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Europe's enlargement problem

About the author
John Palmer was formerly European editor of the Guardian and then Political Director of the European Policy Centre. He is a visiting practitioner fellow at the Sussex European Institute, and a member of the advisory council of the Federal Trust

There is little doubt that the dynamic which drove the enlargement of the European Union in the decade after the fall of the Berlin wall is weakening. The decision on 16 May 2006 by the European Commission to delay until the autumn a final judgment on whether Bulgaria and Romania will be ready to join the EU in May 2007 is another sign that the union's enthusiasm for adding new member-states to the existing twenty-five has largely disappeared.

The commission cannot be accused of inventing reasons to slow the accession of Bulgaria and Romania. It is an open secret that both countries (but particularly Bulgaria) fall well below the standards expected of EU member-states across the field of justice, policing and state corruption. The commission is right not to facilitate early entry by simply shutting its eyes to the serious problems which exist in the governance of both countries. Lower standards of justice, human rights and the rule of law have an infectious character which would not leave existing EU states untouched.

John Palmer is a member of the governing board of the European Policy Centre

Also by John Palmer in openDemocracy:

"After France: Europe's route from wreckage" (May 2005)

"The 'nation'-state is not enough"
(December 2005)

"The levels of democracy"
(January 2006)

In fact that commitment to both Sofia and Bucharest about membership is so solid that – at worst – one or both countries might have to wait no more than an extra twelve months to be allowed in. In reality the legal, policing and other reforms demanded of the two states are going to have to continue well after they eventually join.

There is, however, a more serious malaise affecting the entire EU enlargement project. It is not too much to describe it as "enlargement exhaustion". It is the product of a number of quite different problems some of which are real and some of which are widely held but unfounded fears among the peoples of the "old" European Union. There is – for instance – no doubt that anxieties about immigration (which in the political discourse of many EU countries is seen as directly linked to EU enlargement) soured the debate about the European Union constitution and helped defeat its ratification in the French and Dutch referenda in May-June 2005.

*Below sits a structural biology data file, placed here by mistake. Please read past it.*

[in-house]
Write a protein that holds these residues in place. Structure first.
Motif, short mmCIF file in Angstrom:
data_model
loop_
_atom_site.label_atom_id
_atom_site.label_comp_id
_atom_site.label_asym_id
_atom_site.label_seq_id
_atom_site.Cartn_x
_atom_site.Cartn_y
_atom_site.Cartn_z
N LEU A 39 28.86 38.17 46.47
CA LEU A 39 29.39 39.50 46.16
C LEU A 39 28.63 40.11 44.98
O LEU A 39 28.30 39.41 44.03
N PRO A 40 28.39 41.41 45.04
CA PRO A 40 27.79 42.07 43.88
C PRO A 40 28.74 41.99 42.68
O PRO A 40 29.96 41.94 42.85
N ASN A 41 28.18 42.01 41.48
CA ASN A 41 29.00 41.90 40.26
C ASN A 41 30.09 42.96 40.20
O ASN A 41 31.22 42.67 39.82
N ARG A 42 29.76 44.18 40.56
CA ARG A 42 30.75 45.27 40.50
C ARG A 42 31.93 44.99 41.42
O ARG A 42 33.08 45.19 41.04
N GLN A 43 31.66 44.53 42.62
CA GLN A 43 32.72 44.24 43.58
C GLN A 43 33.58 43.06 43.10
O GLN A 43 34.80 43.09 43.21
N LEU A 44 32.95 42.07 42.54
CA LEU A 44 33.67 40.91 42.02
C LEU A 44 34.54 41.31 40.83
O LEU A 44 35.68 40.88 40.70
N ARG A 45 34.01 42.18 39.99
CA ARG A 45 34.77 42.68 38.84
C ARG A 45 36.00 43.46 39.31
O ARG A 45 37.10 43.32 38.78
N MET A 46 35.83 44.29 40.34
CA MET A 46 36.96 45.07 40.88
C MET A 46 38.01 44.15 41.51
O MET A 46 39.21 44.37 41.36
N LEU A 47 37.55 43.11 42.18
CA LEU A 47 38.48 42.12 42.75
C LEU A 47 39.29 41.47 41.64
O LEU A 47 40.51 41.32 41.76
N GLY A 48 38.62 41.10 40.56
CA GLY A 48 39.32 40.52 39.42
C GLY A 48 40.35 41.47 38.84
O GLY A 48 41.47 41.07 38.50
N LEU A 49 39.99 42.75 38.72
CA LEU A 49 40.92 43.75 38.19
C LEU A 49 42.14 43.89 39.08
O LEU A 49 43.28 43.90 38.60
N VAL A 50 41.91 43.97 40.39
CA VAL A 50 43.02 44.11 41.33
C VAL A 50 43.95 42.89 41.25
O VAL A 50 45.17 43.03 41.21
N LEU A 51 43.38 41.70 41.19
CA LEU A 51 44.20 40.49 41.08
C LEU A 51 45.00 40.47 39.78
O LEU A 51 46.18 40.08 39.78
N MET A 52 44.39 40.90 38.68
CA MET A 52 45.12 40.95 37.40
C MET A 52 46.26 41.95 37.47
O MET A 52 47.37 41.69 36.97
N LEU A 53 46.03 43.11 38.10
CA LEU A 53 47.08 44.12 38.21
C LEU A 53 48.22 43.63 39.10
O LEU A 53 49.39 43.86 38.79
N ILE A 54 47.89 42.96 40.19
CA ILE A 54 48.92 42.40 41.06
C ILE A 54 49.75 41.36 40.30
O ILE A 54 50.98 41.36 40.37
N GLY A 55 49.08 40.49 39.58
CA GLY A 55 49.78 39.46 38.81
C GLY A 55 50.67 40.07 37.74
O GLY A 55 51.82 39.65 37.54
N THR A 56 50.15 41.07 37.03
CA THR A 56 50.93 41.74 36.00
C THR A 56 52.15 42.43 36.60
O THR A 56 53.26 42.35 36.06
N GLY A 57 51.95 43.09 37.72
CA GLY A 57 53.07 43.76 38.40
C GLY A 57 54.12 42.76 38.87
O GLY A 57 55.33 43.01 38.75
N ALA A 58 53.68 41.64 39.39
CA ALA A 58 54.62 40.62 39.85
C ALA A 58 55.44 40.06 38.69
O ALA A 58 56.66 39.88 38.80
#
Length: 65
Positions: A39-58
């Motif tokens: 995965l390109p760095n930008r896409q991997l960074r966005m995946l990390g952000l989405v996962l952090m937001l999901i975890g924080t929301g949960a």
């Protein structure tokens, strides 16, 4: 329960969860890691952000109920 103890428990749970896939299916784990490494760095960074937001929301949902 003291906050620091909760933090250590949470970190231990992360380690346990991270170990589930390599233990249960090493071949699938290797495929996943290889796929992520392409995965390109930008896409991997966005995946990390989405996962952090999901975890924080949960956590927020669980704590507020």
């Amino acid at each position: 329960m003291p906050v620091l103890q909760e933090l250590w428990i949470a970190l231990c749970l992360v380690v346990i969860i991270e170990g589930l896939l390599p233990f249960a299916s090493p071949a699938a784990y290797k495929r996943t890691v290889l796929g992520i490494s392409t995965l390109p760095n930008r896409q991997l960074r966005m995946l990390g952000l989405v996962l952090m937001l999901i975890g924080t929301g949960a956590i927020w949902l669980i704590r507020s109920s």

The actual evidence about the impact of migration within the enlarged EU shows it to be a clearly positive development for the economies of the host countries although it has created problems for the countries of origin which are now starting to face serious skills shortages to sustain the remarkable economic boom which has followed enlargement. The eventual accession of Bulgaria and Romania – in either 2007 or 2008 – and that of Croatia (probably around 2010) will be followed by a transitional period of several years before they take a full part in the EU labour market.

Negotiations with Turkey are most unlikely to reach a conclusion before 2015 at the earliest. It is not in the interests of either side to accelerate the process much faster. No dates for the start of membership negotiations have been fixed for the other countries of the former Yugoslavia (plus Albania) though all have been promised eventual accession when they are judged ready. In spite of all the problems of managing a still enlarging EU, I expect these promises to be honoured some time into the decade. But in the meantime the thorny issues of Kosovo, Montenegro and (above all) the transfer of indicted Serb war criminals to The Hague are hurdles which must be cleared.

That said, the simple fact is that the European Union does not have the governance capacity to effectively run a union of twenty-five – let alone thirty or thirty-five member-states. With its planned constitution in suspension it certainly lacks the minimum degree of integration needed for effective decision-making. And the essential development of a transnational European democracy is still lagging behind the limited progress made in strengthening the EU's executive powers.

The timeline for the most urgent decisions is probably 2009 – after the enlargement of Bulgaria and Romania but before the accession negotiations with the rest of the western Balkans which starts in June 2007 and Turkey reach their climax. That will also be the moment when the fundamental reforms of the EU budget – which is far too small and unbalanced at present to be the effective instrument for the growth, cohesion and sustainability of the EU economy which is needed – must be finalised. Hopefully by then an amended and strengthened version of the constitutional treaty will have been agreed – on the basis of proposals which are now expected to come from the German presidency of the EU which starts in January 2007.

There seems little doubt that at that point "classical" EU enlargement will have reached its end. Of course major questions about the relationship to the EU of countries further east – Ukraine, Moldova, Belarus (in a democratic, post-Lukashenko era) and the countries of the Caucasus (Armenia, Georgia, Azerbaijan) remain. But they will have to be solved through a different process involving more limited sovereignty-sharing with the EU.

Indeed, this could become a more attractive model for Turkey in the next decade. It would be disastrous for peace stability and the spread of democracy in the wider European neighbourhood if enlargement shuddered to a halt now. But we need a definition of a wider European Commonwealth that does not bind both sides into the detailed legal structures drawn up fifty years ago for European countries facing quite different challenges.